- Would you share some of your later education and formation memories?
   Do you have any favorite scripture passages?

- When I look back at my period of studies at the Pontifical University of St Thomas Aquinas (Angelicum), I often wonder how I came out alive and with good grades. While studying full-time at the Angelicum, I was working full-time as an Archaeological Tour Guide with three different companies! While leading tours, I would often study and review my class notes while moving from one point of the tour I was leading to the other. Often, my first scheduled tour of the day started by 12:30 and my classes at the university finished by 12:15. I had less than 15 minutes to appear at work and lead an often-large group of foreign tourists waiting for the 12:30 tour.  Being on time was of the essence for my type of job and excuses were not tolerated. This put me in a constant state of hurried motion. Rest became a luxury I could either not afford or afford at a very high cost because my job fetched me about 8-10 thousand euros per month which was needed to cover my accommodations, school fees, and my other bills. My mother’s oft-repeated truisms were some sort of encouragement during this period: what does not kill you makes you stronger; struggling makes one stronger. During this period, I also found succor in one of my favorite scripture passages: “Your word, O Lord, is a lamp to guide my feet and a light for my path” (Ps 119:105).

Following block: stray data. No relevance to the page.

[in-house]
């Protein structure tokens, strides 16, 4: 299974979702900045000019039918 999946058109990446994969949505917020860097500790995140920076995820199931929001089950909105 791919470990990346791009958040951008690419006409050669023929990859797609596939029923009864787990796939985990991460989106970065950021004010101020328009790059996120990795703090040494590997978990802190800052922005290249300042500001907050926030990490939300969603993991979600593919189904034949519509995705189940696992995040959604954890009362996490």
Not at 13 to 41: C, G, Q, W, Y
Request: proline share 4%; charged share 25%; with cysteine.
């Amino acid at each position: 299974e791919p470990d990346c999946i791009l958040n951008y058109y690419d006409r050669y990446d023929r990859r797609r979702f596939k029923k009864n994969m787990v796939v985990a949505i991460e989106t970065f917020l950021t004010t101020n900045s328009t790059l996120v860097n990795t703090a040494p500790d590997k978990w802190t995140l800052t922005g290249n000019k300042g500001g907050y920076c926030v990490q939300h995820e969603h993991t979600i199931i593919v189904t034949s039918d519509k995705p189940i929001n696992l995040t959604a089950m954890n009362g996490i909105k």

- How have you experienced growth in the living out of your Assumptionist charism?

- One of the many advantages of the Assumptionist charism which I am thankful for is somewhat codified in our Ratio Institutionis. Our Assumptionist charism presents me with “a life that is balanced thanks to priorities and choices that have been well thought out” (RI 116).  In a secular world where priorities have become dreadfully misplaced and making choices which lack any positive moral value have become the new definition of freedom, the Assumptionist charism has become for me a compass of light, love, and trust. With a compass of this sort, it is easy to affirm that I have seen tremendous growth in my life

- What hobbies or other interests do you have?

- I love to read, write, teach, and travel. I am an avid lover of music and art also.


- What is your vision and or hope for the future of the congregation and/or the Church?

- I look forward to a period of quality numerical strength in all the geographical regions of our congregation and renewal in the Church at large. I also hope that our congregation never wavers in embracing “the great causes of God and of man, to go wherever God is threatened in man and man threatened as image of God.”

- Is there anything about you that you would like to share or that would surprise others?

- I find it interesting most times that people see me as athletic but get surprised anyway when they see me doing averagely well at different sports.